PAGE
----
WASHINGTON (AP) - President Barack Obama waded into a decades-long fight over drilling in the Arctic National Wildlife Refuge over the weekend, announcing that his administration would pursue a wilderness designation for 12.28 million acres, barring drilling in most of the South Carolina-sized refuge.
WASHINGTON (AP) — President Barack Obama waded into a decades-long fight over drilling in the Arctic National Wildlife Refuge over the weekend, announcing that his administration would pursue a wilderness designation for 12.28 million acres, barring drilling in most of the South Carolina-sized refuge.
Obama's plans will require congressional approval. But if the Alaska delegation is any hint as to where things are headed, his proposal is going nowhere in a Republican-controlled Congress. On Monday, Rep. Don Young, R-Alaska, said Obama had gone "completely wacko." Alaska Sen. Lisa Murkowski, chair of the Senate Energy committee, said the administration's plans were a "kick to the gut" that treated Alaska as if it were a "snow globe out there" that should be left untouched.
Here are 5 things to know about the battle ahead.
IN THE NEAR TERM, NOTHING CHANGES. There is no drilling in the Arctic National Wildlife Refuge now, and it would take an act of Congress to authorize any drilling in the refuge. Congress has tried and failed repeatedly to get legislation to open up the 1.5 million-acre coastal plain to drilling in the past. It came closest in 1995, when President Bill Clinton vetoed it. Obama wouldn't be any more receptive if Congress passed legislation again. Obama's wilderness designation requires Congress' approval too. And Republicans in Congress, already critical of the administration on its energy policies on federal lands, are just as unlikely to give Obama what he wants.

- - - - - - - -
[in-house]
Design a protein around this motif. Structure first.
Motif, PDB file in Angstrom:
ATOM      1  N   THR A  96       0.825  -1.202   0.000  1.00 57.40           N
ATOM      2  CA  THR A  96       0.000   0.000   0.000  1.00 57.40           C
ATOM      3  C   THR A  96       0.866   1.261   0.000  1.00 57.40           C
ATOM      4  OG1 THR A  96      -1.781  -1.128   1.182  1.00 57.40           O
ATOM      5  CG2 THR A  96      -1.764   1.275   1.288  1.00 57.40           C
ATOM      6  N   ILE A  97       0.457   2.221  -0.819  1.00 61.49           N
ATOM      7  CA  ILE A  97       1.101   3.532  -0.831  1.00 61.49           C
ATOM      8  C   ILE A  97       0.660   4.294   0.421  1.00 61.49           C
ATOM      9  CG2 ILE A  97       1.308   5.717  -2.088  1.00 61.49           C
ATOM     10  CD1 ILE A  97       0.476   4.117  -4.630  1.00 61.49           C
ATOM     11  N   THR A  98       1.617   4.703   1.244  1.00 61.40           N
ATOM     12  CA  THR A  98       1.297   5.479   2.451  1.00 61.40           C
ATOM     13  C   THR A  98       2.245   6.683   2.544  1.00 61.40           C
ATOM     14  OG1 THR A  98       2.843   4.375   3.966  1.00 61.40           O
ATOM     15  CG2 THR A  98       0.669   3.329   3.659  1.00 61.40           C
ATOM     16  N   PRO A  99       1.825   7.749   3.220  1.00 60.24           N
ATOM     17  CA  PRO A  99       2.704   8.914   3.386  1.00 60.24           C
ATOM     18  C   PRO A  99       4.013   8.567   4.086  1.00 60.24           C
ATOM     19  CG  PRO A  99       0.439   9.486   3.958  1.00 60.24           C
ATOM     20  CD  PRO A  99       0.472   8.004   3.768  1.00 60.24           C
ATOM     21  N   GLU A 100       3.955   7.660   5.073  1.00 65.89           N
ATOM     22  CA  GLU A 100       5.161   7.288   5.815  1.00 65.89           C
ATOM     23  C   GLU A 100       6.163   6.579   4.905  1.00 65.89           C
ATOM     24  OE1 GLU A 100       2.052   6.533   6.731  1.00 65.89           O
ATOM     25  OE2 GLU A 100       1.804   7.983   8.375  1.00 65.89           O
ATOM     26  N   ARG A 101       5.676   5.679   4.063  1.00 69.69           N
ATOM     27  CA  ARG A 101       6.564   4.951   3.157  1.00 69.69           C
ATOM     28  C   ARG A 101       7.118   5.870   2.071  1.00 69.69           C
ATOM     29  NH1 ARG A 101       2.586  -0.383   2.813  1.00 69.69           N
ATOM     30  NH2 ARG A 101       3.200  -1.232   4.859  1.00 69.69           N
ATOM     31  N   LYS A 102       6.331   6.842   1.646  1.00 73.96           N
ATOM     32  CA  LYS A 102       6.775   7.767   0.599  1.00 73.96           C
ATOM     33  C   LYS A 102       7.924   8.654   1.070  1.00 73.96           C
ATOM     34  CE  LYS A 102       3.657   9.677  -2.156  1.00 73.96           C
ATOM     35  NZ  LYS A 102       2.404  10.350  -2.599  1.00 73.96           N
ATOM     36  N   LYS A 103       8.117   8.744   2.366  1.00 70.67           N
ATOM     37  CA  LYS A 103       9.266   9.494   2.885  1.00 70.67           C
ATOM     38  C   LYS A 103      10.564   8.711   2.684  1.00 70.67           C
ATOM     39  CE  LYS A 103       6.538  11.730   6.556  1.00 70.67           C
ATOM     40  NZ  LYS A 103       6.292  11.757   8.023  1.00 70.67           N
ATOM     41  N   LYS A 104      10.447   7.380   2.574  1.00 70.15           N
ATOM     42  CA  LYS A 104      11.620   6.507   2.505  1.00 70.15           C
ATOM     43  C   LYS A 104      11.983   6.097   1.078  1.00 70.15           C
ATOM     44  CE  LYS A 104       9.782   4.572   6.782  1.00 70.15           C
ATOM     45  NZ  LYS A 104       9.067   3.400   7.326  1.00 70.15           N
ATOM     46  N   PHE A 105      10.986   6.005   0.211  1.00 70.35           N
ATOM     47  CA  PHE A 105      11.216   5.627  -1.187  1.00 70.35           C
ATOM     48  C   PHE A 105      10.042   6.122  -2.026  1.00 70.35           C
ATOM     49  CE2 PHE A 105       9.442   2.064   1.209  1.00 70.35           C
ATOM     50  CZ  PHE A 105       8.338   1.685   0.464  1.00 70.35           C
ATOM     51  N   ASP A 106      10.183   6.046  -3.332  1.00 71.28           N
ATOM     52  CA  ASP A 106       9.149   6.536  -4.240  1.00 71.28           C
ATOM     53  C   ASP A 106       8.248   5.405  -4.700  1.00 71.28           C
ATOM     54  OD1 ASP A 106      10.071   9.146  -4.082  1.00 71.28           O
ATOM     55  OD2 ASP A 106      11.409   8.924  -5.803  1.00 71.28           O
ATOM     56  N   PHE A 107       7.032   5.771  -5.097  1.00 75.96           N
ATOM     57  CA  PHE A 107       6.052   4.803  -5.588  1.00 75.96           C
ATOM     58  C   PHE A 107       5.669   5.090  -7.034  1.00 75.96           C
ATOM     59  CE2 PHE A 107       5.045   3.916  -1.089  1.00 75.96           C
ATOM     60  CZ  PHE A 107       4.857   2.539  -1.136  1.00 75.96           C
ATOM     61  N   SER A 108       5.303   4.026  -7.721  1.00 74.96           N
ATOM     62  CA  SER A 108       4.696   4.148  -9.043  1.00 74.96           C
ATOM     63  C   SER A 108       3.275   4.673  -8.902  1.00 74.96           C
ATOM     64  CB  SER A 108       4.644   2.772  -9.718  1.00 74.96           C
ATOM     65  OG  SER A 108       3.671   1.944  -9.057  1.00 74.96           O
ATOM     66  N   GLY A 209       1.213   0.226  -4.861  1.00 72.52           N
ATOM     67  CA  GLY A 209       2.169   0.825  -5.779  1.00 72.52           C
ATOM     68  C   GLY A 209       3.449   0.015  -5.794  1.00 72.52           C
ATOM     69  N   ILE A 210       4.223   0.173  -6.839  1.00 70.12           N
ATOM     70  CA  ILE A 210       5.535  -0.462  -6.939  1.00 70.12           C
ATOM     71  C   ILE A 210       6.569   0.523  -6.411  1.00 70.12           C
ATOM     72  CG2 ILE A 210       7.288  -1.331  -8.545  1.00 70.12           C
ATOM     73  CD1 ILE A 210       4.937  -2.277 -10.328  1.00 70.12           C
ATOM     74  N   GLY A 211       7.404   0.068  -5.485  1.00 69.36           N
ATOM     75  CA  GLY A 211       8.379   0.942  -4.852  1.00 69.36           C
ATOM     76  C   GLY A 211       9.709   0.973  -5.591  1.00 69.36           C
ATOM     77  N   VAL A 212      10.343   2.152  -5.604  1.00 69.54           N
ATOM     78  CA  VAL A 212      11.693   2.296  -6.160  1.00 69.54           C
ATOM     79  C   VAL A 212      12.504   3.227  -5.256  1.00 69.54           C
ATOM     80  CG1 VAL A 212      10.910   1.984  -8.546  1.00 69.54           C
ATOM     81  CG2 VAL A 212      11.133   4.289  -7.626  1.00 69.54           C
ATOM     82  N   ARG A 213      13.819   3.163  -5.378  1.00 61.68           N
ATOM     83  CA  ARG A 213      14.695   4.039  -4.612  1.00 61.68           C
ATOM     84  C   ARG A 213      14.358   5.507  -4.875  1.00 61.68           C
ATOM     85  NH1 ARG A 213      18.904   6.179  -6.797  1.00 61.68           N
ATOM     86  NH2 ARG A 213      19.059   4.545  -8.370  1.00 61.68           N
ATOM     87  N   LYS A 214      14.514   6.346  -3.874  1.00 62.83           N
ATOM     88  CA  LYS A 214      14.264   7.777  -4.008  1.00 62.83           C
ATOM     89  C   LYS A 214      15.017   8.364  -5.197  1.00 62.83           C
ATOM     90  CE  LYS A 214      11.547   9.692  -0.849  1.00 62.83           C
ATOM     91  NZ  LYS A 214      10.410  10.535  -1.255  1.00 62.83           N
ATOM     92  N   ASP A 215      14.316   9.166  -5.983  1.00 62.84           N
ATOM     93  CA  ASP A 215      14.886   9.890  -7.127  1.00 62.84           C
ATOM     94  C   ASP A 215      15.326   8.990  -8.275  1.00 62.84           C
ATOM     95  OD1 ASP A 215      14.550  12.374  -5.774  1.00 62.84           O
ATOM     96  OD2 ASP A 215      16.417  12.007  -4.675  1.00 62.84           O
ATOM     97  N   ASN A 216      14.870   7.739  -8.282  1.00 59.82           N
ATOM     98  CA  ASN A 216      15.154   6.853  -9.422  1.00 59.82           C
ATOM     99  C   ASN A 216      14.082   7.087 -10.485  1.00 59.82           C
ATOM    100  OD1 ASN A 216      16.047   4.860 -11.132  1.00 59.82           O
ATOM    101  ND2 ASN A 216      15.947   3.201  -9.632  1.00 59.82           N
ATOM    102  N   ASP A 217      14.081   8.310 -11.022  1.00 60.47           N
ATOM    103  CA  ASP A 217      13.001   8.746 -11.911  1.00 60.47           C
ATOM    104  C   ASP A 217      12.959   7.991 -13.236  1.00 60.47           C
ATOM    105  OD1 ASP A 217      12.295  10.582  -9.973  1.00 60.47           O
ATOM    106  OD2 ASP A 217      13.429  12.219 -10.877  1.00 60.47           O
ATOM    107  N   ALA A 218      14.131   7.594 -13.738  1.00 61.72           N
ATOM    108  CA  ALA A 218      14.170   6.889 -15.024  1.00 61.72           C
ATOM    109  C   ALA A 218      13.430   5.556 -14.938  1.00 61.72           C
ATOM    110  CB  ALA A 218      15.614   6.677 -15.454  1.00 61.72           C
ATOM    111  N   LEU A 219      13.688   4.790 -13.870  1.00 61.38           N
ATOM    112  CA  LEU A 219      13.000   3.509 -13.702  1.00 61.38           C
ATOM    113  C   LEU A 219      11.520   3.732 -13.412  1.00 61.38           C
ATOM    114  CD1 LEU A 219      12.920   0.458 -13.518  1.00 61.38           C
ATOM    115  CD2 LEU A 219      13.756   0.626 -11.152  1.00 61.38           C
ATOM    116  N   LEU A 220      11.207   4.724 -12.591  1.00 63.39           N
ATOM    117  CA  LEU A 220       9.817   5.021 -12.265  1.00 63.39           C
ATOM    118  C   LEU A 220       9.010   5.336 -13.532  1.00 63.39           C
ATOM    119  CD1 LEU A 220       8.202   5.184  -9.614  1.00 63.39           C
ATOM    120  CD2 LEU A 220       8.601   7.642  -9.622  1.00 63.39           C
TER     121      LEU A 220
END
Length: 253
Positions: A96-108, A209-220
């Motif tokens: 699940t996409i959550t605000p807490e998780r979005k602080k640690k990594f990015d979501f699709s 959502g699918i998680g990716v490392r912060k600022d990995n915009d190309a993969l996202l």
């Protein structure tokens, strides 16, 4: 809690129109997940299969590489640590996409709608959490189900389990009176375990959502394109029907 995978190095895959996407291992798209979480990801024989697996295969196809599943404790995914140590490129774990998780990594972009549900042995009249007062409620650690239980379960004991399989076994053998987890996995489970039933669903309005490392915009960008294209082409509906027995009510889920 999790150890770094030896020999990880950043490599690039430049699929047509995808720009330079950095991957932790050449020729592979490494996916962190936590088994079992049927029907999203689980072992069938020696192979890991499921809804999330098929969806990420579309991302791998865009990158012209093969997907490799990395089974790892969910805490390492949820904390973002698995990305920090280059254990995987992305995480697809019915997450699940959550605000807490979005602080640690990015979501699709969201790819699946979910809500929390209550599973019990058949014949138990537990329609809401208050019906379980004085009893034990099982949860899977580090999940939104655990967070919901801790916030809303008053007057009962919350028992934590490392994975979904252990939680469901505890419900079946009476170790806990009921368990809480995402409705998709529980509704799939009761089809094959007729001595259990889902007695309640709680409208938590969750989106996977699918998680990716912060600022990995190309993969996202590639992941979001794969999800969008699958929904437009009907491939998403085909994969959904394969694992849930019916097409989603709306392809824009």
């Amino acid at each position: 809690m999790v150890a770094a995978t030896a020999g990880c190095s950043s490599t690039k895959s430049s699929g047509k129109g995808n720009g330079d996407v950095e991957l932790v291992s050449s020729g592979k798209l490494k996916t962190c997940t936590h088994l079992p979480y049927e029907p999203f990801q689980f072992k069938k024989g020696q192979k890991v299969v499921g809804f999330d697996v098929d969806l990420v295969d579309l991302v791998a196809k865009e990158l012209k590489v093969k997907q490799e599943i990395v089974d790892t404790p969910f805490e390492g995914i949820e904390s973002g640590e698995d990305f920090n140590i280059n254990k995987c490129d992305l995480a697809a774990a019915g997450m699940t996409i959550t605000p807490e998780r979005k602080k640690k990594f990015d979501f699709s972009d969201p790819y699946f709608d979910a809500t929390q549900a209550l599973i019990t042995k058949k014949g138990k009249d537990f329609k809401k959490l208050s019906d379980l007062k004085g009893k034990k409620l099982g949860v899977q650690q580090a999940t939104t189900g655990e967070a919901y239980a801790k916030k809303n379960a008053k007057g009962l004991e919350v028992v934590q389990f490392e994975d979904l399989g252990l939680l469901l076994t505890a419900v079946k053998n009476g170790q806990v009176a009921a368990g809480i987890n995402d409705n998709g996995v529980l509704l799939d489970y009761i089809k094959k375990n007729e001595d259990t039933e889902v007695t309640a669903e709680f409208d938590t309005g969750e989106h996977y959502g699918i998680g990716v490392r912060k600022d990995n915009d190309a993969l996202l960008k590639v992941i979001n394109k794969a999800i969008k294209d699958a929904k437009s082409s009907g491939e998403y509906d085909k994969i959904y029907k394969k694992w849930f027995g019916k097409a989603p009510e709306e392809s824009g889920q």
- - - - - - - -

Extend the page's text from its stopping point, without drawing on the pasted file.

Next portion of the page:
OIL PRODUCTION GOING GANGBUSTERS. While the battle over drilling in the refuge has been waged for years, the United States' oil boom changes the context. Supporters of drilling say more oil is needed regardless of the U.S. now being the world's largest oil producer, because the U.S. still consumes more oil than it produces. Supporters of Obama's wilderness proposal say now more than ever it makes sense to put the refuge off-limits because the U.S. is awash in oil. As Sen. Edward Markey, D-Mass, a longtime fighter for permanent protection, said Monday that the choice is no longer between drilling in the refuge and being reliant on the Middle East. "The (oil) boom in the lower 48 has changed the whole picture," he said.
REFUGE A DROP IN BUCKET FOR U.S. SUPPLIES. Even if the Arctic National Wildlife Refuge were opened to drilling, its known reserves are equal to about three years' worth of U.S. oil production. The U.S. in December produced 9.2 million barrels of crude per day, up 84 percent from the 5 million barrels per day the U.S. produced in 2008. Between the coastal plain, adjacent state lands and Alaska Native in-holdings, the U.S. Geological Survey has estimated the mean volume of recoverable oil of about 10.4 billion barrels, though that has a wide range of uncertainty. The state of Alaska has sued the federal government to be able to explore the refuge's coastal plain with more modern exploratory techniques.
ALASKA'S OIL DOMINANCE WANING. Despite its reputation as a huge oil and gas state, Alaska's share of U.S. oil production has been on the decline. Oil production there peaked in 1988 at just over 2 million barrels per day, when it was 25 percent of U.S. production. Alaska now produces about 500,000 barrels per day, or 5 percent of U.S. output. Oil and gas production still supplies many Alaskans with jobs, and nearly 90 percent of the state's revenue comes from the oil and gas industry, mainly from oil and gas produced on state lands and moved through the Trans-Alaska Oil Pipeline. Murkowski said Monday that the trans-Alaska pipeline was less than half full, and said the administration backs "an all-of-the-above energy policy everywhere but Alaska."
A PREVIEW TO 2016? President Barack Obama's bold move to permanently protect the Arctic National Wildlife Refuge - and the reaction of Republicans in Congress - almost certainly sets it up to be a campaign issue in 2016. The refuge is no stranger to the presidential campaign trail, where it is often used as test on where candidates stand on energy policy. In 2008, Sen. John McCain and his running mate, then Alaska Gov. Sarah Palin held opposing views on drilling in the refuge - she was for it, he against.
Associated Press writers Jonathan Fahey in New York and Dan Joling in Anchorage contributed to this report.